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THE WRONG WAR by Bing West

THE WRONG WAR

Grit, Strategy, and the Way Out of Afghanistan

By Bing West

Pub Date: Feb. 22nd, 2011
ISBN: 978-1-4000-6873-9
Publisher: Random House

Marine veteran, Atlantic correspondent and assistant secretary of defense in the Reagan administration, West (The Strongest Tribe: War, Politics, and the Endgame in Iraq, 2008, etc.) offers a bleak view of the war in Afghanistan.

“We didn’t have a war-fighting doctrine for defeating the Taliban,” writes the author. “Instead, we had a counterinsurgency doctrine for nation building, much like the Peace Corps on a giant scale.” After a decade of war, the U.S. military has failed its assigned missions of protecting village populations and nation building. Combining policy analysis with on-the-ground accounts of fighting observed during three extended visits in Afghanistan during the past three years, West argues that U.S. military leaders have been wrongheaded and continually failed to face realities. They overlooked “the magnetic power of radical Islam”; treated each village the same, as if the problem consisted of just a few fundamentalists whom village elders could rein in; and tried to convince Afghan tribes to support a corrupt central government. In the Korengal Valley, one of Afghanistan’s most dangerous provinces, Capt. Jimmy Howell told the author: “We’re not making any progress with these people…The insurgents we fight every day are their brothers, sons, uncles. We have to kill enough bad guys and remove their leaders before things will change.” But U.S. military commanders have grown risk-averse, focusing more on providing services and protection to villagers than on killing the enemy. For their part, writes West, the Afghan forces are nowhere near ready to stand on their own. Meanwhile, Taliban forces move freely across the border into Pakistan, which shelters more than 150 insurgent camps. As long as Pakistan plays that role, the war will not end. After making clear the ambiguity and confusion of current American policy, the author writes that America must stay in Afghanistan as long as it takes, learn to fight smarter and neutralize the enemy. He urges reducing conventional U.S. forces and building an advisory task force that can make the Afghan army as battle-ready as the Taliban.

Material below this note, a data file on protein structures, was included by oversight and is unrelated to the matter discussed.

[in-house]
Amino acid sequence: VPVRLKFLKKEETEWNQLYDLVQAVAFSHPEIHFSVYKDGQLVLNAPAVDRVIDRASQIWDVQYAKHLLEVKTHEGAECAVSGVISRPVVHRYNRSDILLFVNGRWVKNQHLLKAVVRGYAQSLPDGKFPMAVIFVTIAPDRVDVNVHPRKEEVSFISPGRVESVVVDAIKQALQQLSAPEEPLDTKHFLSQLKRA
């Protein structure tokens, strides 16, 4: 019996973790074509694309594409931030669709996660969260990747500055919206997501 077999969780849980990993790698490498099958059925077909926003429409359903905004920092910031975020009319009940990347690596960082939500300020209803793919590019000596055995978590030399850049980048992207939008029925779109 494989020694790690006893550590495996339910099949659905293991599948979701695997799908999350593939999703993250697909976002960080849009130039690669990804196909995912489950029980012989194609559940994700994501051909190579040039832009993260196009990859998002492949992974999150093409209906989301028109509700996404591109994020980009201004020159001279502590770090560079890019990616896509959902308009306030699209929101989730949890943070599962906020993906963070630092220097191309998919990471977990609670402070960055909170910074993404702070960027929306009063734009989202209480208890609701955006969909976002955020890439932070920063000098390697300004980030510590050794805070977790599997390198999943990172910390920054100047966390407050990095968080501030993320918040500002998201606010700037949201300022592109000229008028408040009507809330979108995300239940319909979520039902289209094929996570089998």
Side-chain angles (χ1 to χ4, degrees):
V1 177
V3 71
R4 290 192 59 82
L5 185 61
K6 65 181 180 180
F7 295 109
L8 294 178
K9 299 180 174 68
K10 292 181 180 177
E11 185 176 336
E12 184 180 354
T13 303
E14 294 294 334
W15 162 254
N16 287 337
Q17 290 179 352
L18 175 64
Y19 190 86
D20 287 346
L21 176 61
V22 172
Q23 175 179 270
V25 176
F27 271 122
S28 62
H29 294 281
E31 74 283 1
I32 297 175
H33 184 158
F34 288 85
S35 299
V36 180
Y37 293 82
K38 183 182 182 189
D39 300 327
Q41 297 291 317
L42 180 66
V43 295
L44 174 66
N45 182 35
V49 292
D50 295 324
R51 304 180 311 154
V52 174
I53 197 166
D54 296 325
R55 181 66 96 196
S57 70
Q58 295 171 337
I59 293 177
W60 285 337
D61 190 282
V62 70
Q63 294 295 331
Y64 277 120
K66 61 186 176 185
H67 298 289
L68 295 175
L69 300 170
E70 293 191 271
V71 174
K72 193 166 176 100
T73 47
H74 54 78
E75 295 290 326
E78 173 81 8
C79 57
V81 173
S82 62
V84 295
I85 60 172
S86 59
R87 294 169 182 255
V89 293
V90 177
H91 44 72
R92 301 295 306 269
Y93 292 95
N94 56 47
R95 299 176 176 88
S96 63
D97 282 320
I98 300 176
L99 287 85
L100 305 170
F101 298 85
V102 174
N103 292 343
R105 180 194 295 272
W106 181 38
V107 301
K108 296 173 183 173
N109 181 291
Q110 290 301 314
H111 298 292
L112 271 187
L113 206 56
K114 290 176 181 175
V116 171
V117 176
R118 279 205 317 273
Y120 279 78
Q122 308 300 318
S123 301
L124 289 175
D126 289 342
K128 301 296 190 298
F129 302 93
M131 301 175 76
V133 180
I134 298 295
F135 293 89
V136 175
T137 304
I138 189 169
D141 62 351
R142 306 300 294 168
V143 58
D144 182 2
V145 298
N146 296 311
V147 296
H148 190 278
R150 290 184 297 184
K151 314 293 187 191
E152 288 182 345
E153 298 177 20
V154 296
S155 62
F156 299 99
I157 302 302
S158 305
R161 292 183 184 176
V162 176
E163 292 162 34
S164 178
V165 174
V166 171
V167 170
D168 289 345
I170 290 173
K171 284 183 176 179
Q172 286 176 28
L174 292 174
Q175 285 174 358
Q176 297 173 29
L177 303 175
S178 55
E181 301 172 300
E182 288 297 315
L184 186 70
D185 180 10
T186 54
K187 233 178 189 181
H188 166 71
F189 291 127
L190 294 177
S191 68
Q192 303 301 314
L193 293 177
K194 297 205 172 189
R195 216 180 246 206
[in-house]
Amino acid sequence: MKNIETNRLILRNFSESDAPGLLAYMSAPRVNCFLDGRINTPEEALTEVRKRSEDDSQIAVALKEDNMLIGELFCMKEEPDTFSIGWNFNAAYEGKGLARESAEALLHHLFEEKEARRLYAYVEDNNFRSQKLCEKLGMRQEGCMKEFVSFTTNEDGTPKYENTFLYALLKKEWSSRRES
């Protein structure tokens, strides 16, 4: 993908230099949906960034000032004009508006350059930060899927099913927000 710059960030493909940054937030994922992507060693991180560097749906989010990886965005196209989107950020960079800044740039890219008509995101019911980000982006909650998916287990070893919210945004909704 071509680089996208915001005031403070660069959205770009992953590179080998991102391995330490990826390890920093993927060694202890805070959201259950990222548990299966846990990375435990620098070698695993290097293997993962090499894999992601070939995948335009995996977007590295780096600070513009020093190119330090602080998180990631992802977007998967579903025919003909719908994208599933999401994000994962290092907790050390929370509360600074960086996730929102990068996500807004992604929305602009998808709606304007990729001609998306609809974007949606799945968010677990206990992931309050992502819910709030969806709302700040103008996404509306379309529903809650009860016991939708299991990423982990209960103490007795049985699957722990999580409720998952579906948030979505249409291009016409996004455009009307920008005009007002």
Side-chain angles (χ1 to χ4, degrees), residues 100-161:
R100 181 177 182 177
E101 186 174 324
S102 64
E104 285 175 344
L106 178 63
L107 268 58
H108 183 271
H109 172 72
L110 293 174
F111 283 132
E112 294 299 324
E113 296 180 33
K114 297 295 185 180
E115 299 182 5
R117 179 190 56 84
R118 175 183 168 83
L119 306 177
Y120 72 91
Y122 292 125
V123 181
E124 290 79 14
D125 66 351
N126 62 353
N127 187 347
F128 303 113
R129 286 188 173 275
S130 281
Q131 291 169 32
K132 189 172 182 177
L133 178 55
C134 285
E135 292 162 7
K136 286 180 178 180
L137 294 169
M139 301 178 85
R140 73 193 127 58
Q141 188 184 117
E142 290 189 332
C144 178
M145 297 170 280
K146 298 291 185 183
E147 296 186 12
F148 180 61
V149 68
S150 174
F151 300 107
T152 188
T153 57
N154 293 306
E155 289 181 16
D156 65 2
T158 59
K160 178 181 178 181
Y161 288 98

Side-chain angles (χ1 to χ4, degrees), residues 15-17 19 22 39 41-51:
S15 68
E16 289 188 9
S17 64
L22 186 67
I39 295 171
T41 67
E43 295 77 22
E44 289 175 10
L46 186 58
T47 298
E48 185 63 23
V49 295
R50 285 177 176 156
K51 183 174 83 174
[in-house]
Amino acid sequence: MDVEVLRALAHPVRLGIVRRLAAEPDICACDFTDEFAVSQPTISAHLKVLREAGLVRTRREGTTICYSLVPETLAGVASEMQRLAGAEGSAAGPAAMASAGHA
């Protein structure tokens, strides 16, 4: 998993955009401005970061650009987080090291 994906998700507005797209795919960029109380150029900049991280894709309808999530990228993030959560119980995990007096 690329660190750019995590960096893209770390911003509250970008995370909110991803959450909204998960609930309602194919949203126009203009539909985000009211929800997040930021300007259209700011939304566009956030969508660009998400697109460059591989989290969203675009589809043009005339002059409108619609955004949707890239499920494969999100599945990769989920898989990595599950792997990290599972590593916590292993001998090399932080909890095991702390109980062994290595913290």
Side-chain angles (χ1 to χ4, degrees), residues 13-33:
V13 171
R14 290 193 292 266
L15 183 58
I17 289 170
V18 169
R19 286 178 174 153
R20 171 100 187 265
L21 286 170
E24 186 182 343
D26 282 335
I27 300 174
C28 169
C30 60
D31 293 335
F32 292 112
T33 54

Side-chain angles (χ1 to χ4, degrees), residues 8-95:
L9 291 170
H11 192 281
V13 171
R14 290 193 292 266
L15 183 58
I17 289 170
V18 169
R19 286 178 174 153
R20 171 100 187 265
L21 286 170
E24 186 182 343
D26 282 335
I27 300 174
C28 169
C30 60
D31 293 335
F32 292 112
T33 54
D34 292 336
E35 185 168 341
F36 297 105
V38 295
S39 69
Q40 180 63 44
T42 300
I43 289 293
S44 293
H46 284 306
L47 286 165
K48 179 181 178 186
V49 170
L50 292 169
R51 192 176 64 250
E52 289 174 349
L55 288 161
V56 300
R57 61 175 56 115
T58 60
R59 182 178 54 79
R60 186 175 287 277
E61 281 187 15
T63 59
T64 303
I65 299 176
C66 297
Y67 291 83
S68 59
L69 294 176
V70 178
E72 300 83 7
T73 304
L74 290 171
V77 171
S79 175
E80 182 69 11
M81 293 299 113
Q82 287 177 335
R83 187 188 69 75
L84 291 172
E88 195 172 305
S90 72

A devastating critique of U.S. foreign policy regarding a seemingly endless war.